It has been a while since I have done a product review, and recently I have been seeing the Flare audio earplugs on my social media non-stop – so I figured I would pony up the cash and buy a pair to give them a try. While I don’t often photograph concerts, I see earplugs as a necessary accessory for any photographer shooting live music.
Being legally blind, I rely on my hearing to navigate the world around me, and therefore protect my ears whenever I will be in a situation with amplified audio.
I love live music of all genres, I attend concerts in small to large venues as often as I can. My go-to ear protection has always been the orange foam earplugs because they reduce the incoming volume by 32 to 35db depending on the manufacturer. With 120db being the average concert level volume, they are a necessity for comfortably listening to live music regardless of where you are in the venue.
The classic orange earplugs provide a heavy-handed approach to ear protection, reducing the overall sonic spectrum. When I saw the Flare Audio Isolate earplugs, which promise 25db sound reduction with increased fidelity in the highs I had to try them. For the purposes of this review, I will directly compare the Isolate earplugs to the classic foam earplugs because I think that is a more realistic real world situation. If you are a mus
ician or work in pro-audio then you most likely have custom molded pro level earplugs, which these earplugs will not replace.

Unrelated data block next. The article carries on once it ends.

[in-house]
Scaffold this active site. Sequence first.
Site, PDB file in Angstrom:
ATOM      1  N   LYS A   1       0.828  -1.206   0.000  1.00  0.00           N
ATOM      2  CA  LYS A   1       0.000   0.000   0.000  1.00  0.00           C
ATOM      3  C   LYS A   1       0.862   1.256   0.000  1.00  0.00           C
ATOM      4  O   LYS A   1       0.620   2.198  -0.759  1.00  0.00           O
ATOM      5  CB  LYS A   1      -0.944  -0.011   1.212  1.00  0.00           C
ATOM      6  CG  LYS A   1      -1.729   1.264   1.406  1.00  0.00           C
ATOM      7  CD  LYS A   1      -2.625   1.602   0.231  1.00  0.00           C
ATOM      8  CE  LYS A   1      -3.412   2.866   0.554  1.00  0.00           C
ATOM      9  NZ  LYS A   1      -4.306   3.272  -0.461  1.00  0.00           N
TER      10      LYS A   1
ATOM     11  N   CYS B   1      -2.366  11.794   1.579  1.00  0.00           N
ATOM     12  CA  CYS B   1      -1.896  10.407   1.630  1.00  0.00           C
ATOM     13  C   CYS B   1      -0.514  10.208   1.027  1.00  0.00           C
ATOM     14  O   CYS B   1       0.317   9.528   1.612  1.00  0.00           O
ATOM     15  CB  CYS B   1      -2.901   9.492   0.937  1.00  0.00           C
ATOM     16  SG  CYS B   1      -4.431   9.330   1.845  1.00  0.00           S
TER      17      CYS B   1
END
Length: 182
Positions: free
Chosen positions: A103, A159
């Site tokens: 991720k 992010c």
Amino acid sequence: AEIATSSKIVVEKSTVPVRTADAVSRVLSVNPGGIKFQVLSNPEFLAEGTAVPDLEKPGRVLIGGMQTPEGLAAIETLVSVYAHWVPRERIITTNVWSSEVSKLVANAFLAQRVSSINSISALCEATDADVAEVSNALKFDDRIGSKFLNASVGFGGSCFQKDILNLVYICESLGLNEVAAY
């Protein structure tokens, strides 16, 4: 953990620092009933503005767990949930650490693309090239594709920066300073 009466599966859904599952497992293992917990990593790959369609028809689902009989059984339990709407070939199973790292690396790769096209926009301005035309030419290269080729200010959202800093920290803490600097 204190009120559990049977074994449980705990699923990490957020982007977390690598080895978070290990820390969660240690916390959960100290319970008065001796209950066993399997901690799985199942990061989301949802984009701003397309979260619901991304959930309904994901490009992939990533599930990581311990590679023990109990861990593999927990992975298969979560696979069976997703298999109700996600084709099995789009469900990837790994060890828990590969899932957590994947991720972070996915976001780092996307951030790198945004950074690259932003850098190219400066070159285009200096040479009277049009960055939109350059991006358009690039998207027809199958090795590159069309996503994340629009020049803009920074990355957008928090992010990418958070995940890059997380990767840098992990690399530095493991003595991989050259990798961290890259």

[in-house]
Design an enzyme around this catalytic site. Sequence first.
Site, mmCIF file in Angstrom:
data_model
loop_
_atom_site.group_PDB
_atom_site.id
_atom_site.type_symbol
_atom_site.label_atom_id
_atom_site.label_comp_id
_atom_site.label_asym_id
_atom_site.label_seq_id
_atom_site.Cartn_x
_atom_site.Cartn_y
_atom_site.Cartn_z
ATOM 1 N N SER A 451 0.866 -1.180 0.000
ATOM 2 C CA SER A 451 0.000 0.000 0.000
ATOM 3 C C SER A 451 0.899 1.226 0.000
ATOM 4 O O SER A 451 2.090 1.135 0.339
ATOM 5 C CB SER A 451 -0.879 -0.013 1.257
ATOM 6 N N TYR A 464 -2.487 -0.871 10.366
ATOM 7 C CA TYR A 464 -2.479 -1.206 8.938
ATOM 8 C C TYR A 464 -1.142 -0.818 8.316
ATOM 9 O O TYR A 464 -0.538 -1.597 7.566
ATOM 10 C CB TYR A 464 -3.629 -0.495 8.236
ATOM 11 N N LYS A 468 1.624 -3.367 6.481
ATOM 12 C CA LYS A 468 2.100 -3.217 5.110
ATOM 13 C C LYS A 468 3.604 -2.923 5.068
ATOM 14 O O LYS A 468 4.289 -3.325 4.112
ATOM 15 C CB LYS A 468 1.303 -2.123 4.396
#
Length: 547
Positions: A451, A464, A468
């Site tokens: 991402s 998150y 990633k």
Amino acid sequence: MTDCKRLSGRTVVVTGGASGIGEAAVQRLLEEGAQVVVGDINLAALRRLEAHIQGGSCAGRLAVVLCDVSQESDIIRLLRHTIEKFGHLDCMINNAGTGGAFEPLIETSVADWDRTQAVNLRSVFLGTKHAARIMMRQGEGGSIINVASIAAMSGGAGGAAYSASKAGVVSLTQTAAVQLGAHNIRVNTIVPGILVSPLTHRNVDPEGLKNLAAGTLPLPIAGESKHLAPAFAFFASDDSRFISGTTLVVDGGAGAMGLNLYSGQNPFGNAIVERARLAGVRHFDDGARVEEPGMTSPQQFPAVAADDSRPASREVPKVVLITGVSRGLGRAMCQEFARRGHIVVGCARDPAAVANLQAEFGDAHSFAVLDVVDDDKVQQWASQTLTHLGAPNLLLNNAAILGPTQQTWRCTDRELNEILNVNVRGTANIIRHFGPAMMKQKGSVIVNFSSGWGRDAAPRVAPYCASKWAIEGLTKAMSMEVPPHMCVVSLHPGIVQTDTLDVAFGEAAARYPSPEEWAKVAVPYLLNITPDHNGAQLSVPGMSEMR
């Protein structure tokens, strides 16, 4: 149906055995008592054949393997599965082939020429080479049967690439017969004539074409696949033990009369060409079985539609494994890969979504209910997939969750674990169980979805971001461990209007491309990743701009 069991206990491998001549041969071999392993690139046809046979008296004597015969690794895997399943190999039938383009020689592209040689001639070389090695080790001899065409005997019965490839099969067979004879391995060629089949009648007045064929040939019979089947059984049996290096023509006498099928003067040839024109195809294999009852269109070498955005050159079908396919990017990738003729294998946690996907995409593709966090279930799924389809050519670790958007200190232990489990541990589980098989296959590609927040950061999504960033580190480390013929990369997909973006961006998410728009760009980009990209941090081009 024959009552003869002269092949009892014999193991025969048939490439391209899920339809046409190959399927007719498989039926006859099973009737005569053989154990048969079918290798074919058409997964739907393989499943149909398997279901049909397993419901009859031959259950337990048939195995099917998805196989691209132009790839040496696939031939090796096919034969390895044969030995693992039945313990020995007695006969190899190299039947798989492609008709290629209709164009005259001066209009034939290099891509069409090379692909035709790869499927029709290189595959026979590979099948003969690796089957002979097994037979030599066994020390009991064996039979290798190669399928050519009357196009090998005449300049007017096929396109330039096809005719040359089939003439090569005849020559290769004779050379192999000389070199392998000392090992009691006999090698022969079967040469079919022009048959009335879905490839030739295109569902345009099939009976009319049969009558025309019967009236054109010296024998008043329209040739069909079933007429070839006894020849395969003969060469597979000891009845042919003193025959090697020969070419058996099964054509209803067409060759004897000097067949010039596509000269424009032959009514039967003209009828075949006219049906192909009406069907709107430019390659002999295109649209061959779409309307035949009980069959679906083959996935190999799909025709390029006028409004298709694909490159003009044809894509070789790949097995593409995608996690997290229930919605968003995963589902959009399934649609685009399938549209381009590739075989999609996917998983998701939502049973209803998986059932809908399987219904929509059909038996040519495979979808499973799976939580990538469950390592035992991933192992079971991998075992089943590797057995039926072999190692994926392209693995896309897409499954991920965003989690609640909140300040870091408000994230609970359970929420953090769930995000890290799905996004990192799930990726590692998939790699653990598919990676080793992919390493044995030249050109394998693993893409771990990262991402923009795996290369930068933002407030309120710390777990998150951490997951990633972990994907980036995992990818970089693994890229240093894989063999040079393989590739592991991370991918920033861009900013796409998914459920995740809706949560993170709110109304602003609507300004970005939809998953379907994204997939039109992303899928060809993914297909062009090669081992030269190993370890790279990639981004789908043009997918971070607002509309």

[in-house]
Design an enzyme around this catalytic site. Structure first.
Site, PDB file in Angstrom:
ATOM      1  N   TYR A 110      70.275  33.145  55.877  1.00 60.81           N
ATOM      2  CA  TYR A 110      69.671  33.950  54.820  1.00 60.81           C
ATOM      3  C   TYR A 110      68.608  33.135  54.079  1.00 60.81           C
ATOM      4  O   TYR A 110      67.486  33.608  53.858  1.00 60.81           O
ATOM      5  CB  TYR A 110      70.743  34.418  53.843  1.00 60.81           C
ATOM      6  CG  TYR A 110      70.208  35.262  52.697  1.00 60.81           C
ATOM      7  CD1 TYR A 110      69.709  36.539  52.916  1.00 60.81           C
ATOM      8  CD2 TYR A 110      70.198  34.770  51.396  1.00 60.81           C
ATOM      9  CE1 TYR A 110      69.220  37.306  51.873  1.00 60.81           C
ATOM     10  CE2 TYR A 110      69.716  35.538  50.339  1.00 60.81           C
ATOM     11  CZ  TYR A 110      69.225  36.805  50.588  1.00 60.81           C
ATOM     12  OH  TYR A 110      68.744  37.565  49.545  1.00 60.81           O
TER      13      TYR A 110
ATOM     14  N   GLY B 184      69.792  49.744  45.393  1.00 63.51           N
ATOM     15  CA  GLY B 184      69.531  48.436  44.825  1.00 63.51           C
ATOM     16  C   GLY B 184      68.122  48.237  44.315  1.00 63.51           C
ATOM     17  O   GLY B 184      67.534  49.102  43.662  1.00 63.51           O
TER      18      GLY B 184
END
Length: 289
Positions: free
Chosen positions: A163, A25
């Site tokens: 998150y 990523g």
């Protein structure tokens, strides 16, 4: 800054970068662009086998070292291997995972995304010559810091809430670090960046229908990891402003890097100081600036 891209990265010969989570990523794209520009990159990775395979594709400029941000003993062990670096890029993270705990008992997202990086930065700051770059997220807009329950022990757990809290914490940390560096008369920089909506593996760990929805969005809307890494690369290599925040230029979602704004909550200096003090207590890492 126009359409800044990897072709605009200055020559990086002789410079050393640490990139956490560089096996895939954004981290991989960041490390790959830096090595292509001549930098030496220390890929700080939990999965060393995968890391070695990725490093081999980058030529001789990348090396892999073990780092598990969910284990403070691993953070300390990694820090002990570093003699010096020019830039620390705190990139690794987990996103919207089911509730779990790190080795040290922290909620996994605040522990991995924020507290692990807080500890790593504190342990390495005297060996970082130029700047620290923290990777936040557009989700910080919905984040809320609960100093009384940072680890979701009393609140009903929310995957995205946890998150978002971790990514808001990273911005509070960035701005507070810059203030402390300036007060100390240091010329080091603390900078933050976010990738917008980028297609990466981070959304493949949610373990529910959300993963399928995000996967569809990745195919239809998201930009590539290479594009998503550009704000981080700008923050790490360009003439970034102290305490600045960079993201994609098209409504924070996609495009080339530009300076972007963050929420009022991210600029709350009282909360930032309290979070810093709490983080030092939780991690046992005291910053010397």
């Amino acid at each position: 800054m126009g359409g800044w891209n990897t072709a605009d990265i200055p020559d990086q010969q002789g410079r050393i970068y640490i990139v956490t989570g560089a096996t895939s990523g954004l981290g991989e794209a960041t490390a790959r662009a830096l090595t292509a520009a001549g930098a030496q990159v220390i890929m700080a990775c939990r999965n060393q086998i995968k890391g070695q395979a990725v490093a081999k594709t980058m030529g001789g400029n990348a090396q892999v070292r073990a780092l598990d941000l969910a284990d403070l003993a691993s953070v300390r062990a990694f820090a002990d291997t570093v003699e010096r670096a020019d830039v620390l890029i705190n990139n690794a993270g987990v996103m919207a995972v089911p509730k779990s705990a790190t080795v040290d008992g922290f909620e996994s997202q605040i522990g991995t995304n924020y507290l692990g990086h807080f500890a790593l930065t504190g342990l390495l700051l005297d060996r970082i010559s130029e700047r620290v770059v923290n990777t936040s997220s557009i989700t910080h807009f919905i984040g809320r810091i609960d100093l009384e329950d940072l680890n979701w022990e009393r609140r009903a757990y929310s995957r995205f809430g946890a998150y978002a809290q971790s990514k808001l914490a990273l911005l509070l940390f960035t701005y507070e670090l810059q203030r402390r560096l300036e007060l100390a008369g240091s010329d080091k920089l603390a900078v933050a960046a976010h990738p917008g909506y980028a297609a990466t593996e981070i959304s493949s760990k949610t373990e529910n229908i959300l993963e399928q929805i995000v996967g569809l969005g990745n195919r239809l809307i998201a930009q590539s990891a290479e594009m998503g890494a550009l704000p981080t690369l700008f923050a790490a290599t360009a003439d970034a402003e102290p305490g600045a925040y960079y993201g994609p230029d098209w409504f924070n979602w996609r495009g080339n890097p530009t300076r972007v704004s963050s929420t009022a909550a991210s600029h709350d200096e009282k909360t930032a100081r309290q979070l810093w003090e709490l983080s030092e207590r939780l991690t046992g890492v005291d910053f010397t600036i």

The Isolate earplugs come with three sets of foam tips which allow you to customize the fit for your ear. I tried both the medium and the large size foam tips and found the large size the best fit for my ears. I don’t rush any product reviews, so I wanted to give the Isolate earplugs a thorough trial in live music venues I had been in before, and with varying genres of music.
For my first test, I saw a rock cover band with a female singer in a local bar, hardly an acoustically tuned environment, but certainly a real life situation one would find themselves in. I sat in several locations throughout the show and performed an A/B comparison between the Isolate earplugs and the classic foams. The volume level was not as loud as one would encounter at a “real” concert venue, but this was a good first real world test. I found the claims of the increased high frequency response for the Isolate earplugs to be quite true. The guitars and especially the female vocals came through with clearer crisp highs than the traditional foam earplugs. The Isolate earplugs reduced the incoming lower bass frequencies significantly better than the classic foam earplugs which can be a bit “boomy” in the low frequency reduction. I wore the Isolate earplugs for half of the show and the classic foams for the second half. I found the fit of the Isolate Earplugs as snug as the classic foam earplugs, they did not feel like they were going to fall out. At first I was a bit worried because the foam tips of the Isolate plugs don’t compress and expand to fill the ear canal as much as the classic foam ones do – but the fit was more than adequate. Sound quality and overall wearing experience for the classic foam was as you would expect, overall sound reduction, muffled and a bit “boomy” regardless of the location in the bar I sat. This is where the Isolate really differed from the classic foams. Sitting in the middle to back of the bar I found the sound quality excellent, just as they claimed the highs were significantly clearer than the classic foams. The problems occurred when I moved closer to the front. At higher sound volumes the high frequencies of the Isolate earplugs became distorted and crackly. The distortion was distracting and detracted from the enjoyment of the show for me. My final conclusion for a small venue like a bar was that the Isolate shined with medium to low incoming volume levels, but the classic foams worked best for sitting closer to the band.